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Korean Wave
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Description

Audiences around the world are now enjoying media products of The Korean Wave, including the wide variety of K-Drama, movies, and K-Pop. K-Dramas are broadcast not only in South Korea, but also in Japan, China, Indonesia, the Philippines, Iran, Kuwait, UAE, all throughout North and South America, and parts of Africa, including Zimbabwe and Ghana. K-Pop music has fan followers from small, rural villages to ultra modern metropolises, literally spanning the globe. The six units in this newest series focus on The Korean Wave. Units 1, 2, and 3 provide a general history and overview of The Korean Wave as well as rich samples of K-Drama excerpts, like scripts and links to video clips, and activities to explore the discourse and compare and contrast cultural practices and products. Units 4, 5, and 6 document the history of K-Pop and provide an overview of this music genre, with a specific focus on two modern idol groups, BUZZ and EXO. Here you’ll find a robust sampling of news releases, fandom blogs, and song lyrics, also with links to selected music videos. The materials contain a variety of activities for students to explore and experience K-Pop song lyrics, fans’ reactions to their favorite groups, and bits of information on behind-the-scenes production and management operations. Like all of the units in our Discourse and Genre series, The Korean Wave units match the goals of the Korean National Standards and are designed for teachers and students to work toward increasing proficiency in the 5Cs, while working with a complex set of discourse-based materials and activities.

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Understanding Teachers of Heritage and Domestic Language Learners
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Description

Understanding Teachers of Heritage and Domestic Language Learners combines case-based learning with multimedia technology. It is organized around five conceptual strands: <br> Teachers as Learners of Languages <br> Beliefs about Language Learning <br> Challenges of Teaching LCTLs <br> Perception of Heritage and Domestic Students <br> Explorations <br><br> The resource provides a window into actual language classrooms, showcasing the complexities of addressing the needs of both heritage and domestic learners in the same language classroom.

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Teaching Heritage and Domestic Language Learners
Audio-Visual

Description

This resource combines case-based learning with multimedia technology. It is organized around five conceptual strands: <br> *Teacher's Voice<br> *Students' Voices<br> *Instructional Challenges<br> *Instructional Strategies<br> *Explorations <br><br> The resource provides a window into actual language classrooms, showcasing the complexities of addressing the needs of both heritage and domestic learners in the same language course. <br> The development of this resource was motivated by addressing two significant needs unique to teachers who teach both heritage and domestic language learners in college/university less-commonly-taught language (LCTL) classrooms: (a) to understand the pedagogical challenges for a teacher in such learning environments; and (b) to use this understanding to create effectual learning communities in those classrooms.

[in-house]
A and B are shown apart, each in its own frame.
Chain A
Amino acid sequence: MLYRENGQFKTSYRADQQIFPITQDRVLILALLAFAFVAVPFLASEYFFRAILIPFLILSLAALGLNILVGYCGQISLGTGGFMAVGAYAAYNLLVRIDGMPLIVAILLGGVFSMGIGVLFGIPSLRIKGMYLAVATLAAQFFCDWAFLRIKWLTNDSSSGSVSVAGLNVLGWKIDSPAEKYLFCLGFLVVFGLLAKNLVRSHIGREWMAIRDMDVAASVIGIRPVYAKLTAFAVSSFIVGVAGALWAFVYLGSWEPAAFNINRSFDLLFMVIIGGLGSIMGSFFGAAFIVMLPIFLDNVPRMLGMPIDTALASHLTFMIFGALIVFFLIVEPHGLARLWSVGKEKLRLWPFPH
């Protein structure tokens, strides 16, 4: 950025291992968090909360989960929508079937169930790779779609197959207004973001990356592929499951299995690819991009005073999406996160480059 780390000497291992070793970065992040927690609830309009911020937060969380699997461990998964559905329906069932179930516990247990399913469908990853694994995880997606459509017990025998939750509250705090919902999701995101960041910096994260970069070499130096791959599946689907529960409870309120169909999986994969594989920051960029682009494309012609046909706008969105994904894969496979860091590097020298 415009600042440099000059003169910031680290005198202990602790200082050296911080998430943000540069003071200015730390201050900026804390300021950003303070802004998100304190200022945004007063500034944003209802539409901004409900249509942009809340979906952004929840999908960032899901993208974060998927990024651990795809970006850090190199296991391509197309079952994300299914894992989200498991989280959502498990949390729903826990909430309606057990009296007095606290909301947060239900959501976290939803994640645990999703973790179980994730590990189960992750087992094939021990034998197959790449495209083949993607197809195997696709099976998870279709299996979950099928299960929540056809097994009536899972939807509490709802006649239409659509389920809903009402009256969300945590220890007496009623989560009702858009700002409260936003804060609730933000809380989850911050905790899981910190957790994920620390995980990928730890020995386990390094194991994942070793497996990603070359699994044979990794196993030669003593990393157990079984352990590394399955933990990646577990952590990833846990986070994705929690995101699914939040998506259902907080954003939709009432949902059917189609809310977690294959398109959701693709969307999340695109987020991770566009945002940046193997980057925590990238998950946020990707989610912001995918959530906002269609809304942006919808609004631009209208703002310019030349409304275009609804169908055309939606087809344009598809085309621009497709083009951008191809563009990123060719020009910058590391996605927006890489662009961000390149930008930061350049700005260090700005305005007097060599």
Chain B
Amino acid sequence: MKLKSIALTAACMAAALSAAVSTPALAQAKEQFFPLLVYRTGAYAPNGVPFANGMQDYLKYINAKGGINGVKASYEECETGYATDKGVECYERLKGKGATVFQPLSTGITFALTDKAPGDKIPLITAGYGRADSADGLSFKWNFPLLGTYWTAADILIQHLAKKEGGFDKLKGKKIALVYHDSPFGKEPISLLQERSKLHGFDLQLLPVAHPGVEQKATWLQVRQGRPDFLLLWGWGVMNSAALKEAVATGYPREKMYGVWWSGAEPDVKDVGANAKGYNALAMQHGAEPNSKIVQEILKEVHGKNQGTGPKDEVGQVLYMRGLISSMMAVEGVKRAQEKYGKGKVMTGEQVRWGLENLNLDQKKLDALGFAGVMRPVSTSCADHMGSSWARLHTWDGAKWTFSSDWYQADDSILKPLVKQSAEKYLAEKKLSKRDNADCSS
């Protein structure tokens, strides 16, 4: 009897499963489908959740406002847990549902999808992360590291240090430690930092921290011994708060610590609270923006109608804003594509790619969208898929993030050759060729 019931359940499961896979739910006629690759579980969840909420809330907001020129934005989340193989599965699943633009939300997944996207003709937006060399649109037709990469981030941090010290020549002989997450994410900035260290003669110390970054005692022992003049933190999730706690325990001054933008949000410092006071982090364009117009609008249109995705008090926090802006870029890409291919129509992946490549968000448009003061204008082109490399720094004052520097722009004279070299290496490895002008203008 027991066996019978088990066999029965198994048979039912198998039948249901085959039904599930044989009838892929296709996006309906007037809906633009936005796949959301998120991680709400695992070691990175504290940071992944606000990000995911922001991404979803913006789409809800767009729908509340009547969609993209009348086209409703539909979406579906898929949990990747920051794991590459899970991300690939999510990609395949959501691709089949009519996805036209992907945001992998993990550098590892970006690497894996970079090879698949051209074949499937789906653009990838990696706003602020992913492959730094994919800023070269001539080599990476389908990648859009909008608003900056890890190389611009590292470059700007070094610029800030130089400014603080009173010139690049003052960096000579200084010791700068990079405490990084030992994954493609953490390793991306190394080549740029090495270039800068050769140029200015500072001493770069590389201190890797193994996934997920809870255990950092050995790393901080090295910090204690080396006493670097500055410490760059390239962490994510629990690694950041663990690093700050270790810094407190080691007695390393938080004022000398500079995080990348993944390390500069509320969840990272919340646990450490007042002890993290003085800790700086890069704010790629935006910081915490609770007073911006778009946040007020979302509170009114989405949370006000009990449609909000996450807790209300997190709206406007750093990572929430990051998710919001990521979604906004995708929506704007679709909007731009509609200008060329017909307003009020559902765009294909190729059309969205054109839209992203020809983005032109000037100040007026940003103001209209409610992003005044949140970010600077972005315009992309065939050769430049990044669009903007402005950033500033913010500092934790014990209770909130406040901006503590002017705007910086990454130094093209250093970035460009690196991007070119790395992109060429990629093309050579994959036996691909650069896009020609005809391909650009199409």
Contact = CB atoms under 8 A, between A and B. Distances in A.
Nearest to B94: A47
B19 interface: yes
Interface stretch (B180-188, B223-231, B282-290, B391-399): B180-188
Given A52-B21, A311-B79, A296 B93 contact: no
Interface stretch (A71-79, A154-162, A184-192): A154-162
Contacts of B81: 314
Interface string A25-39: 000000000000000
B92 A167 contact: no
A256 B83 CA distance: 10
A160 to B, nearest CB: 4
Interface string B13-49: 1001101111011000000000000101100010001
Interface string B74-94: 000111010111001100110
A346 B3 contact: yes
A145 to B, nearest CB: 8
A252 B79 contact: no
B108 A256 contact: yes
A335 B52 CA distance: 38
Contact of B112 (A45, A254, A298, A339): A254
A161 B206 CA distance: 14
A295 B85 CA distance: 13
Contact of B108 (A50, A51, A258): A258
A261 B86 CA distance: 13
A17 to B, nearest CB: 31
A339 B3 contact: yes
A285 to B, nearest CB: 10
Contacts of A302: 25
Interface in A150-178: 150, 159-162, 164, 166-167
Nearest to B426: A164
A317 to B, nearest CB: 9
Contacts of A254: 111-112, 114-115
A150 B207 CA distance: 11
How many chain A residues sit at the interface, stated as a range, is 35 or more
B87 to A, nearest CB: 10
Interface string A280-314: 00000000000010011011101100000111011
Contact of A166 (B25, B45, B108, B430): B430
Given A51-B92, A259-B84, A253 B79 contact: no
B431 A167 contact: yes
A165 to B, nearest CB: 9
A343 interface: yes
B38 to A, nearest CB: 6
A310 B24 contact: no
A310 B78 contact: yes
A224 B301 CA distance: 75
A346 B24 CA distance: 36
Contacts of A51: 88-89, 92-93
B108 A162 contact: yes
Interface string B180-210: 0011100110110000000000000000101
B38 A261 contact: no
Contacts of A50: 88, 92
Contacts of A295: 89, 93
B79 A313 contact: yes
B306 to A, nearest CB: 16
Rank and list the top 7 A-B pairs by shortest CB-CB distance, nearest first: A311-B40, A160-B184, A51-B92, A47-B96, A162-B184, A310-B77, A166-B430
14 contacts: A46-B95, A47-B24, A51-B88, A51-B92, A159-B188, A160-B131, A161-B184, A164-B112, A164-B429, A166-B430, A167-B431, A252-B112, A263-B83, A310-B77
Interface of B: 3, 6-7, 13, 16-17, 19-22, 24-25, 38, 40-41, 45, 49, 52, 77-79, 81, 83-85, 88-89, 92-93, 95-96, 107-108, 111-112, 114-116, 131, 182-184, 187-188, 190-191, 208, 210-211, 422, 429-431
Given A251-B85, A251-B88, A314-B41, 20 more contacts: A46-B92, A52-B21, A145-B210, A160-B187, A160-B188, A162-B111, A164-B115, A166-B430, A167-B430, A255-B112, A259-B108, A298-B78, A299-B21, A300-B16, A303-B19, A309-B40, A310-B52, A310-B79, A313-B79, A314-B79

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Upcoming Events
Mar
2019
20
Arizona
Presentation
University of Arizona Language Fair

This March, the Center for Educational Resources in Culture, Language and Literacy will launch the UA Language Fair, an event designed to raise the visibility of the wide range of languages that students study at The University of Arizona. The event is open to all students, faculty/staff, and visitors to campus. Departments, programs, and UA student clubs representing the languages and cultures taught at UA can register for table space (3-6 feet of space per registration) at which they will showcase the languages taught in their departments and spoken in their communities. CERCLL is also sponsoring small grants (up to $150) to support the purchase of materials for activities or small treats for distribution at these tables. Registration for this event–and the application for funding–will be open on February 15. The deadline to register and apply for funding is March 8, 2019. During the registration process, respondents will be asked to provide the following information: name, department and contact information for the person submitting the application; department / program / organization represented; amount of table space requested (tables are 6 feet in length; registrants can request a half or a whole table, or in the case of a department representing more than one language, they can request multiple tables); business manager name and contact information; a description of the table(s) that will be displayed (maximum 300 words), including language(s) and world regions to be represented, and activities planned; and an itemized budget for any application for funding. Questions? Contact CERCLL at cercll@email.arizona.edu, or (520) 626-8071.